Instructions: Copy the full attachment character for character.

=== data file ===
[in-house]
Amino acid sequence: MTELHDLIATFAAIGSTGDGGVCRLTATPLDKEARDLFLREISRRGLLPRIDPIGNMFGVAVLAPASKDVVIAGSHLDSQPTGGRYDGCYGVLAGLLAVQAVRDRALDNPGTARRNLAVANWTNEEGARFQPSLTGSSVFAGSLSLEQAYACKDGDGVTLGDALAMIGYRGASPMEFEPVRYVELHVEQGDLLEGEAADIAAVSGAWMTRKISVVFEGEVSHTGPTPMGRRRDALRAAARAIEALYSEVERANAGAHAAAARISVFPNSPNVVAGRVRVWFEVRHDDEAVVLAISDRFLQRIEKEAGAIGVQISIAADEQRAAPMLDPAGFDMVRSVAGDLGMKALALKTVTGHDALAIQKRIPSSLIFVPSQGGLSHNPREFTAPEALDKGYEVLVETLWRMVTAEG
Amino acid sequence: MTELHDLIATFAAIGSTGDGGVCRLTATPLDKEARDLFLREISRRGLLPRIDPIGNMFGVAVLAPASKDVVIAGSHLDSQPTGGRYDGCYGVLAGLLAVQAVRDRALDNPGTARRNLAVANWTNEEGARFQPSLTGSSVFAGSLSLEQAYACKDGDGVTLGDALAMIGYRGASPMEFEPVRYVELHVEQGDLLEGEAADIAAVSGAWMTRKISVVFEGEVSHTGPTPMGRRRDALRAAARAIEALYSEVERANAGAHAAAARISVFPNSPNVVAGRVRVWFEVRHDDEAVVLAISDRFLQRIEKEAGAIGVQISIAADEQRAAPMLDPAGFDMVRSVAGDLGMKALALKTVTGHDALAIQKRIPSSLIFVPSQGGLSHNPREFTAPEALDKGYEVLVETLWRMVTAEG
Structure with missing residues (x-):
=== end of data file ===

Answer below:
[in-house]
Amino acid sequence: MTELHDLIATFAAIGSTGDGGVCRLTATPLDKEARDLFLREISRRGLLPRIDPIGNMFGVAVLAPASKDVVIAGSHLDSQPTGGRYDGCYGVLAGLLAVQAVRDRALDNPGTARRNLAVANWTNEEGARFQPSLTGSSVFAGSLSLEQAYACKDGDGVTLGDALAMIGYRGASPMEFEPVRYVELHVEQGDLLEGEAADIAAVSGAWMTRKISVVFEGEVSHTGPTPMGRRRDALRAAARAIEALYSEVERANAGAHAAAARISVFPNSPNVVAGRVRVWFEVRHDDEAVVLAISDRFLQRIEKEAGAIGVQISIAADEQRAAPMLDPAGFDMVRSVAGDLGMKALALKTVTGHDALAIQKRIPSSLIFVPSQGGLSHNPREFTAPEALDKGYEVLVETLWRMVTAEG
Amino acid sequence: MTELHDLIATFAAIGSTGDGGVCRLTATPLDKEARDLFLREISRRGLLPRIDPIGNMFGVAVLAPASKDVVIAGSHLDSQPTGGRYDGCYGVLAGLLAVQAVRDRALDNPGTARRNLAVANWTNEEGARFQPSLTGSSVFAGSLSLEQAYACKDGDGVTLGDALAMIGYRGASPMEFEPVRYVELHVEQGDLLEGEAADIAAVSGAWMTRKISVVFEGEVSHTGPTPMGRRRDALRAAARAIEALYSEVERANAGAHAAAARISVFPNSPNVVAGRVRVWFEVRHDDEAVVLAISDRFLQRIEKEAGAIGVQISIAADEQRAAPMLDPAGFDMVRSVAGDLGMKALALKTVTGHDALAIQKRIPSSLIFVPSQGGLSHNPREFTAPEALDKGYEVLVETLWRMVTAEG
Structure with missing residues (x-):